Caesar Rodney

(1730 - 1783)

Caesar Rodney, the first of the delegation from Delaware, was a native of that state, and was born about the year 1730. His birth-place was Dover. The family, from which he was descended, was of ancient date, and is honourably spoken of in the history of early times. We read of Sir Walter De Rodeney, of Sir George De Rodeney, and Sir Henry De Rodeney, with several others of the same name, even earlier than the year 1234. Sir Richard De Rodeney accompanied the gallant Richard Coeur de Lion in his crusade to the Holy Land, where he fell, while fighting at the siege of Acre.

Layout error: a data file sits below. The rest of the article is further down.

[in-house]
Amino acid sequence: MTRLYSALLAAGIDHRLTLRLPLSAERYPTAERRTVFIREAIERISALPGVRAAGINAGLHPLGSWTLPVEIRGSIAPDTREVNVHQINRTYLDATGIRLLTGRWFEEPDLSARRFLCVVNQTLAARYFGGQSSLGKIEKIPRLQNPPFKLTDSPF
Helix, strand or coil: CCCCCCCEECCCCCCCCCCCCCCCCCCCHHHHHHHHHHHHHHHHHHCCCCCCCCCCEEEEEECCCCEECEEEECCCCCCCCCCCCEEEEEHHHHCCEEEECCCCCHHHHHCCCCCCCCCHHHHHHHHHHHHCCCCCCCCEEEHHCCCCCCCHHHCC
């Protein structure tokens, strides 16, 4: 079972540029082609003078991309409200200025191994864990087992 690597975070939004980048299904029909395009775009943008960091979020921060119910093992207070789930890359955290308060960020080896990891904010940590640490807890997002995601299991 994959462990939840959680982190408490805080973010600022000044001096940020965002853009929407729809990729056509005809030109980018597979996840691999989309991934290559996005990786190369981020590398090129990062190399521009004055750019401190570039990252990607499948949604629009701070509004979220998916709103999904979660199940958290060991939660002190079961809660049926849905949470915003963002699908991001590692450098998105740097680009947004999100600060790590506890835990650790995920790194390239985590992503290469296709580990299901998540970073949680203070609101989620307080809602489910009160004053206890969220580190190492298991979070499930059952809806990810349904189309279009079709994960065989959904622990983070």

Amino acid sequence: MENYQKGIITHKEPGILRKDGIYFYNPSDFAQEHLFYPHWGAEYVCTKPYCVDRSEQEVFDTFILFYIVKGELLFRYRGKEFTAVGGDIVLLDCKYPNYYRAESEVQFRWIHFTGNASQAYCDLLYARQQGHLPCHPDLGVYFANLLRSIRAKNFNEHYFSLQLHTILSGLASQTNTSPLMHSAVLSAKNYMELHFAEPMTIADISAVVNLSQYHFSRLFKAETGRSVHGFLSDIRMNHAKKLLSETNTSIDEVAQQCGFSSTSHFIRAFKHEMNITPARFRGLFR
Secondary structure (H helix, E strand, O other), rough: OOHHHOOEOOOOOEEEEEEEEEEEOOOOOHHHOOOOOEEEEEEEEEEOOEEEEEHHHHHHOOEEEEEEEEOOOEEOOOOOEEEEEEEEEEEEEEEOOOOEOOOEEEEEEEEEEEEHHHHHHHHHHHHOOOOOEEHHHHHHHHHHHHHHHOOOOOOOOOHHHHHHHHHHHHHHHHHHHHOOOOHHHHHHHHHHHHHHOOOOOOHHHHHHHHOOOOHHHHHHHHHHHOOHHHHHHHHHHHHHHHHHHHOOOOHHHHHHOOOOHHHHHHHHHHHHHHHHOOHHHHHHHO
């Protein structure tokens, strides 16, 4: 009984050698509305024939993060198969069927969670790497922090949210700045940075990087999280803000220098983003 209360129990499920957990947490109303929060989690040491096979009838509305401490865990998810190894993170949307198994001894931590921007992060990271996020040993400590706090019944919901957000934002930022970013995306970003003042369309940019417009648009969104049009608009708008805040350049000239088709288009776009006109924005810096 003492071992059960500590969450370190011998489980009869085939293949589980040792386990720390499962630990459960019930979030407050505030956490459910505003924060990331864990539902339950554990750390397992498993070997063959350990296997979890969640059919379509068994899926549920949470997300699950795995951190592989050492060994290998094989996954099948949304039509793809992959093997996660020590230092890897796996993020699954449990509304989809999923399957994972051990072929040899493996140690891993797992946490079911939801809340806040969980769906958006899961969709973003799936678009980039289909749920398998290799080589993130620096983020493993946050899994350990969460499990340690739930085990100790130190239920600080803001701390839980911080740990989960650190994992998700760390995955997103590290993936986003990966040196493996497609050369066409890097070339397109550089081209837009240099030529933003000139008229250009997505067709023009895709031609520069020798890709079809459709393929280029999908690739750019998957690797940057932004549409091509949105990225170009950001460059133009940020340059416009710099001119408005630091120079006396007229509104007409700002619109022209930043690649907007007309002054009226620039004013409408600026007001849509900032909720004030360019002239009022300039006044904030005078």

In subsequent years, the wealth and power of the family continued to be great. Intermarriages took place between some of the members of it, and several illustrious and noble families of England. During the civil wars, about the time of the commonwealth, the family became considerably reduced, and its members were obliged to seek their fortunes in new employments, and in distant countries. Soon after the settlement of Pennsylvania by William Penn, William Rodney, one of the descendants of this illustrious family removed to that province and after a short residence in Philadelphia, settled in Kent, a county upon the Delaware. This gentleman died in the year 1708, leaving a considerable fortune, and eight children, the eldest of whom is the subject of the following sketch. Mr. Rodney inherited from his father a large landed estate, which was entailed upon him, according to the usages of distinguished families at that day. At the early age of twenty-eight years, such was his popularity, he was appointed high sheriff in the county in which he resided, and on the expiration of his term of service, he was created a justice of the peace, and a judge of the lower courts. In 1762, and perhaps at a still earlier date, he represented the county of Kent in the provincial legislature. In this station he entered with great zeal and activity into the prominent measures of the day. In the year 1765, the first general congress was assembled, as is well known, at New-York, to consult upon the measures which were necessary to be adopted in consequence of the stamp act, and other oppressive acts of the British government. To this Congress, Mr. Rodney, Mr. M'Kean, and Mr. Kollock, were unanimously appointed by the provincial assembly of Delaware to represent that province. On their return from New-York, they reported to the assembly their proceedings, under the instructions which they had received. For the faithful and judicious discharge of the trust reposed in them, the assembly unanimously tendered them their thanks, and voted them a liberal compensation.